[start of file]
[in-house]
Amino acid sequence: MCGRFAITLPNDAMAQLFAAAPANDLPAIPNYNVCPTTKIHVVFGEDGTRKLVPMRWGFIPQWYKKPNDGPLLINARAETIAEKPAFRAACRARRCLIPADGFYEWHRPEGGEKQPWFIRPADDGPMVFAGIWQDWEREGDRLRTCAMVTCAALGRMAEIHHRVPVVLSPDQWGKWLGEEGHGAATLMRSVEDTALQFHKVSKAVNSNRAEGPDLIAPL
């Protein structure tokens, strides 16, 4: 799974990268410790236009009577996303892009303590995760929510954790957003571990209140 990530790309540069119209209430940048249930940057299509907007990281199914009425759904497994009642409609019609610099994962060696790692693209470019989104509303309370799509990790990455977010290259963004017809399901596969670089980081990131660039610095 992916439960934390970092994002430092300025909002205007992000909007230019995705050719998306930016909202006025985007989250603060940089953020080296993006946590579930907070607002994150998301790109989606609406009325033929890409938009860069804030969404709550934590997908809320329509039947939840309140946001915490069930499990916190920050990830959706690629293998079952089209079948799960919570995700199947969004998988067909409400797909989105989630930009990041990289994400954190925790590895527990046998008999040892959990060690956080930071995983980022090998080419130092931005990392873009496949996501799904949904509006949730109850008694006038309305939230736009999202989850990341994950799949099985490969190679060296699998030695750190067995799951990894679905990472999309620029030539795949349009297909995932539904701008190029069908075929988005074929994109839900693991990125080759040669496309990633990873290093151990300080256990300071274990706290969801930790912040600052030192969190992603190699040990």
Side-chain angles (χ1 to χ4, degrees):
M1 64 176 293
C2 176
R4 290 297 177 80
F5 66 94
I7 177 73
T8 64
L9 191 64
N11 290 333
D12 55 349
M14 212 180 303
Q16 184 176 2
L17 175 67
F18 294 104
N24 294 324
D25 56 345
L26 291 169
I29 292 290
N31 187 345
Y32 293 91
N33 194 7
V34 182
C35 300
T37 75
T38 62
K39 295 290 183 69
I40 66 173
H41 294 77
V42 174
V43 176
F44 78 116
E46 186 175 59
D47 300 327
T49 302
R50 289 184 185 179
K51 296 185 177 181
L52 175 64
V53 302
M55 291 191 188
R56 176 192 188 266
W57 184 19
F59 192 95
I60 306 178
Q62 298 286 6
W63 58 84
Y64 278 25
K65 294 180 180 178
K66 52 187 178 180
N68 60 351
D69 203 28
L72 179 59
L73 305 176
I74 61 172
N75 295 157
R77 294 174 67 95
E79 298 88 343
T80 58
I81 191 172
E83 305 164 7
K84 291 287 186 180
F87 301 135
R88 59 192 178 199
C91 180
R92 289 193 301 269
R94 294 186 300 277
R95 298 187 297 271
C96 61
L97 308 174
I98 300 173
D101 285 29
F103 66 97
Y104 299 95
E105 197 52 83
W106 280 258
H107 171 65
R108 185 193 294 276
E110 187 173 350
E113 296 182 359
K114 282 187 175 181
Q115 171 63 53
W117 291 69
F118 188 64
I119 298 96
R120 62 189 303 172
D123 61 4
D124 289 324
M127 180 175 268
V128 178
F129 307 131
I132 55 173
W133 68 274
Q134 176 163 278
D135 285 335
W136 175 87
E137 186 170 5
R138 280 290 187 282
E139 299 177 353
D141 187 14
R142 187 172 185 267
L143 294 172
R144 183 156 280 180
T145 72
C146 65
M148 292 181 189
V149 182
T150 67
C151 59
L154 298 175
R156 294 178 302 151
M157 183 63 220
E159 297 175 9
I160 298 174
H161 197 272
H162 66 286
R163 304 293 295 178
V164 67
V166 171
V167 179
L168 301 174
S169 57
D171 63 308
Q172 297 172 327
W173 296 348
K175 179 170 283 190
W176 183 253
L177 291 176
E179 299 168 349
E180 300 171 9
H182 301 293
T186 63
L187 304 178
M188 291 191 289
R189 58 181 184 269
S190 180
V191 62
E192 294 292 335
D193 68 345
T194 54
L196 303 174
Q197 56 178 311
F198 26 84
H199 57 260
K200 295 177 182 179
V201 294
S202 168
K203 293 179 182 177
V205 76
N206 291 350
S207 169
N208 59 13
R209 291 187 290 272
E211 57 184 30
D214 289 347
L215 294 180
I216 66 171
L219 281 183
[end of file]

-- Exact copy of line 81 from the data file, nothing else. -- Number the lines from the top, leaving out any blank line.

E113 296 182 359